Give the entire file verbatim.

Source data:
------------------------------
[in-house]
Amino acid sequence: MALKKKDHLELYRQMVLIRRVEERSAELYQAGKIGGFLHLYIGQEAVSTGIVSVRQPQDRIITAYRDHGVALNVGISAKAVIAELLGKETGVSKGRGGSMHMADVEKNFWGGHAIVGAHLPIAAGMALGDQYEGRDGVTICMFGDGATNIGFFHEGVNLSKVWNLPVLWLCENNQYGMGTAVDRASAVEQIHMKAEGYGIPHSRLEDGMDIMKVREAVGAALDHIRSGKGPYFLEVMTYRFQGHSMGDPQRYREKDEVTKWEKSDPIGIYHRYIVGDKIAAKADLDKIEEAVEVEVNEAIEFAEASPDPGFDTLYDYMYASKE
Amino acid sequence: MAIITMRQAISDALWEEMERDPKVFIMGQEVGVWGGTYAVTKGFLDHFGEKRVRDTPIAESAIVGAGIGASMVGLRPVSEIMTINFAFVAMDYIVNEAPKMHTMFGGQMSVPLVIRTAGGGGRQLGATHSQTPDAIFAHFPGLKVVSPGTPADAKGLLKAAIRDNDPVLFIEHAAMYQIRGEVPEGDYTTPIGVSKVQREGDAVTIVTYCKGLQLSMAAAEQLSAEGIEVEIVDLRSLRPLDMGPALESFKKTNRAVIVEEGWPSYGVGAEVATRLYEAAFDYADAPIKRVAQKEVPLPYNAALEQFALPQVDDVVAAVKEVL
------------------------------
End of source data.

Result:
[in-house]
Amino acid sequence: MALKKKDHLELYRQMVLIRRVEERSAELYQAGKIGGFLHLYIGQEAVSTGIVSVRQPQDRIITAYRDHGVALNVGISAKAVIAELLGKETGVSKGRGGSMHMADVEKNFWGGHAIVGAHLPIAAGMALGDQYEGRDGVTICMFGDGATNIGFFHEGVNLSKVWNLPVLWLCENNQYGMGTAVDRASAVEQIHMKAEGYGIPHSRLEDGMDIMKVREAVGAALDHIRSGKGPYFLEVMTYRFQGHSMGDPQRYREKDEVTKWEKSDPIGIYHRYIVGDKIAAKADLDKIEEAVEVEVNEAIEFAEASPDPGFDTLYDYMYASKE
Amino acid sequence: MAIITMRQAISDALWEEMERDPKVFIMGQEVGVWGGTYAVTKGFLDHFGEKRVRDTPIAESAIVGAGIGASMVGLRPVSEIMTINFAFVAMDYIVNEAPKMHTMFGGQMSVPLVIRTAGGGGRQLGATHSQTPDAIFAHFPGLKVVSPGTPADAKGLLKAAIRDNDPVLFIEHAAMYQIRGEVPEGDYTTPIGVSKVQREGDAVTIVTYCKGLQLSMAAAEQLSAEGIEVEIVDLRSLRPLDMGPALESFKKTNRAVIVEEGWPSYGVGAEVATRLYEAAFDYADAPIKRVAQKEVPLPYNAALEQFALPQVDDVVAAVKEVL